The term sunn pest refers to a group of insects representing several genera of the 'shield bug' (Scutelleridae) and 'stink bug' (Pentatomidae) Families, with the species Eurygaster integriceps being the most economically important. Sunn pests are found in parts of North Africa, throughout West Asia and many of the New Independent States of Central Asia.
The sunn pest is one of the most serious pests of wheat and barley in West Asia, where over $42 million (U.S.) is spent for its control. Yield loss from its damage is commonly estimated at 20-30% in barley and 50-90% in wheat. This insect damages these crops by feeding on leaves, stems and grains. During feeding they also inject chemicals that greatly reduce the baking quality of flour made from damaged wheat. If 2-3% of the grain is damaged, entire lots may be ruined because the flour will be unpalatable and the bread won't rise. Heavy attack causes wheat stems to break before harvest.
Large areas of wheat sometimes remain unharvested because sunn pest damage is so severe. These insects also attacks barley, though damage is usually low. Large outbreaks of sunn pests generally occur every 6 to 8 years and can potentially cause yield losses of tens of millions of dollars.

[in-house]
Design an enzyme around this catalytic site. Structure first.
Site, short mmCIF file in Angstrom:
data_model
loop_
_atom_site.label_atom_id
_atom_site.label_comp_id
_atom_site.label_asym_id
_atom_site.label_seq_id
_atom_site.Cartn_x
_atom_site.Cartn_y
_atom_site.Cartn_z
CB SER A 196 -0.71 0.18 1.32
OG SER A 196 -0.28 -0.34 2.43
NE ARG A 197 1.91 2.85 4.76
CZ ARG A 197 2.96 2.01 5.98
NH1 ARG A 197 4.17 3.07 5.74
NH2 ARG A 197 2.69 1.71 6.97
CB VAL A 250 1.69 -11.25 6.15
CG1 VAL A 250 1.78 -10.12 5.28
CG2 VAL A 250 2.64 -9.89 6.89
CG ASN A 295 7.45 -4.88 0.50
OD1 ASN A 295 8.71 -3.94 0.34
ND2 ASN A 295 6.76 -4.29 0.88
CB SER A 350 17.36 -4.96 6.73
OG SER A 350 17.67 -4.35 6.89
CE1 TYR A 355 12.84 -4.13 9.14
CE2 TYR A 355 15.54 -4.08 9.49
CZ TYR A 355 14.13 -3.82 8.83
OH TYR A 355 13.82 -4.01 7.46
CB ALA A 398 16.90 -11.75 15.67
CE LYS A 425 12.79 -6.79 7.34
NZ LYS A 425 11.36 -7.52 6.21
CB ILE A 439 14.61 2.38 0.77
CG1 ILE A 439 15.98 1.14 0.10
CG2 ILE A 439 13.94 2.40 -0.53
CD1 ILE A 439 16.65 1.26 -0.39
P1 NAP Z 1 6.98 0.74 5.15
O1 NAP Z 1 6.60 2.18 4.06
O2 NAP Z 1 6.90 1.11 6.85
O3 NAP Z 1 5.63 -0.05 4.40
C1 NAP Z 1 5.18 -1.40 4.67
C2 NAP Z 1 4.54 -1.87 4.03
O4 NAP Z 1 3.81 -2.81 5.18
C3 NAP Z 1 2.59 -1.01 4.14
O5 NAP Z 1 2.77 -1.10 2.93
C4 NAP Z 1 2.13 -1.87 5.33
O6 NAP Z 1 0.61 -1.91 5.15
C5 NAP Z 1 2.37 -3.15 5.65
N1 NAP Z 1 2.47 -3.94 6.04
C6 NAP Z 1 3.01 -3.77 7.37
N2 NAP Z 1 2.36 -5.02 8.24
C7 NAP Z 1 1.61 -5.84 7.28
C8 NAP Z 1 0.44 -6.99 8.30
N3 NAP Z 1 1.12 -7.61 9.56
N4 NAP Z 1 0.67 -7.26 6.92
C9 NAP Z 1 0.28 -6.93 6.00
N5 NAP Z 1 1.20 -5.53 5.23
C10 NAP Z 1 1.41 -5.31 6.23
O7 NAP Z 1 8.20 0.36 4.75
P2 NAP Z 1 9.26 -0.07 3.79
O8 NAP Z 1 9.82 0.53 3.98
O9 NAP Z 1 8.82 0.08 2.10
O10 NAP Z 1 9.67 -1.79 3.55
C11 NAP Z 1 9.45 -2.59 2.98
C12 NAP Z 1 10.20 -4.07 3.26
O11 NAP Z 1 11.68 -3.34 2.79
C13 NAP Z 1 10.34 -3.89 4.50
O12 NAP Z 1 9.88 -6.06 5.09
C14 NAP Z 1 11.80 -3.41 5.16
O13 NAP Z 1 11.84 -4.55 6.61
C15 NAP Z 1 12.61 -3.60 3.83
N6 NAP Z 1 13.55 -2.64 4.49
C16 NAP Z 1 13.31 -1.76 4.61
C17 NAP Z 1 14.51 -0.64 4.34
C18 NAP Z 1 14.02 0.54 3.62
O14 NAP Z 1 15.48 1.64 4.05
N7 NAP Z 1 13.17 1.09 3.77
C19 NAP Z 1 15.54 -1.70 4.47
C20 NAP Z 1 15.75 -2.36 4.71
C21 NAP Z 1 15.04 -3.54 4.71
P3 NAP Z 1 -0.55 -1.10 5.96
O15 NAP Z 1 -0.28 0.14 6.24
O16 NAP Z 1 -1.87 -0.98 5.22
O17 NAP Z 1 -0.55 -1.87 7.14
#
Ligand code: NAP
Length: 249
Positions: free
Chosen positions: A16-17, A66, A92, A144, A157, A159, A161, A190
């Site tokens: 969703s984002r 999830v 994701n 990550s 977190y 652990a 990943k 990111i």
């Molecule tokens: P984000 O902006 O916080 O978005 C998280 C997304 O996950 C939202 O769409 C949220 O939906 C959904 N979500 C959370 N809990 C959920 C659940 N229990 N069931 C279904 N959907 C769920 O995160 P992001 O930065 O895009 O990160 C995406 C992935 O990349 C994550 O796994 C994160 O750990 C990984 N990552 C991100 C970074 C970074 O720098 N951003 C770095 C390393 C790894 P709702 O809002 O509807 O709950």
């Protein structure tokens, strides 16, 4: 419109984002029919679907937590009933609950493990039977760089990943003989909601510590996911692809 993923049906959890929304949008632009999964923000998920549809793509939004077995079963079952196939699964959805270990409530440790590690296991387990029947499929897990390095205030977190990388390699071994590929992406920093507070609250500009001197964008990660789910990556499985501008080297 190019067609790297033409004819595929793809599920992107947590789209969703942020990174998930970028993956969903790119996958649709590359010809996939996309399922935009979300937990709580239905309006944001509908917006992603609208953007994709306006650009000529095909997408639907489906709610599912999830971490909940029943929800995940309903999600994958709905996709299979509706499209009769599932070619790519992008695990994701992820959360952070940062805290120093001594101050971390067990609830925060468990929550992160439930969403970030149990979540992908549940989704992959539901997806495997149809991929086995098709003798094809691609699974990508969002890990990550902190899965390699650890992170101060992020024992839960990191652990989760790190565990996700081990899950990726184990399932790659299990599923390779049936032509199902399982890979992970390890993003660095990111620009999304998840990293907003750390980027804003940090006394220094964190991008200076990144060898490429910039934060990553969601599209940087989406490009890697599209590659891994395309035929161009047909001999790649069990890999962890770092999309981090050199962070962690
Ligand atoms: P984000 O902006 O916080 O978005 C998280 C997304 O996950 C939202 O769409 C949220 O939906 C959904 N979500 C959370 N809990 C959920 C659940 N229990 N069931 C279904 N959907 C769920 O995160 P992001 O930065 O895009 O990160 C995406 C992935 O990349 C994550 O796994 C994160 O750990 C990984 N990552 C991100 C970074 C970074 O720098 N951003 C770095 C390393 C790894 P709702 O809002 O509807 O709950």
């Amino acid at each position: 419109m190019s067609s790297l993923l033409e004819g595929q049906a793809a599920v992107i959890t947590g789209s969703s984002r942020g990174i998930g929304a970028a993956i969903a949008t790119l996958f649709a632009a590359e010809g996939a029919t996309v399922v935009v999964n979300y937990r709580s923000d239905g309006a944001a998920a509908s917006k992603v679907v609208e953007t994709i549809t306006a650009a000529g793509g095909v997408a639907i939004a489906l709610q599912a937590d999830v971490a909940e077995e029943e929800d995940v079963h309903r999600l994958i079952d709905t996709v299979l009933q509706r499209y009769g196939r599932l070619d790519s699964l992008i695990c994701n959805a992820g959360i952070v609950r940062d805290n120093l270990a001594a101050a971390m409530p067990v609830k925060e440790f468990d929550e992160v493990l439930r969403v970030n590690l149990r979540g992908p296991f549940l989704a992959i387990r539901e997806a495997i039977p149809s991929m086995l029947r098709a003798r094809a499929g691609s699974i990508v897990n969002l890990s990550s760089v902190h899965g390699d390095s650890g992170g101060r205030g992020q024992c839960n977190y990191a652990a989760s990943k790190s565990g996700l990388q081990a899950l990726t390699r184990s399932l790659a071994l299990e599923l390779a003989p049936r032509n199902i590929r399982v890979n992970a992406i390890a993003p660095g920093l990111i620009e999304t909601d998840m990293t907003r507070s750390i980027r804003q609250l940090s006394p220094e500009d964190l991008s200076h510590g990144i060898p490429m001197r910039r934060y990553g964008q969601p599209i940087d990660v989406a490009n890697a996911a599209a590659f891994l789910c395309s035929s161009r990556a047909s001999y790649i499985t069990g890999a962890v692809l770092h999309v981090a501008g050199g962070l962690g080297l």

Selective insecticides should only be used when pest populations reach economically damaging levels. Applications should be made when adults move into cereal fields. Research has been ongoing for decades to develop and improve management of the sunn pest. In 1997, scientists from ICARDA, the University of Vermont, and national agricultural researchers throughout the infested region began working together to develop a model sunn pest integrated management plan.
The next step in the development of these biological agents is to determine at what stage in the pests' life cycle fungi could best be used. Two possibilities are
Six of the most promising isolates were tested in on-plant and in-litter bioassays in January 2000. Several of the tested isolates provided 80-100% mortality within 10 days. Though sunn pest mortality occurred more rapidly among the in-litter assays, by day 15 sunn pest mortality was equally high in the on-plant assays. These results demonstrate the great potential of fungi for sunn pest IPM. It may be possible to used them both in over wintering sites and on plants in the field. Plans are underway to conduct small scale pilot tests to further evaluate their efficacy under field conditions. The compatibility of fungi with non target organisms and chemical pesticides are also planned for the future.
This work has been done in close cooperation with Dr. Mustapha El Bouhssini, Head of the Entomology Department at ICARDA. He is currently conducting research to evaluate the impact of egg parasitoids on sunn pest field populations.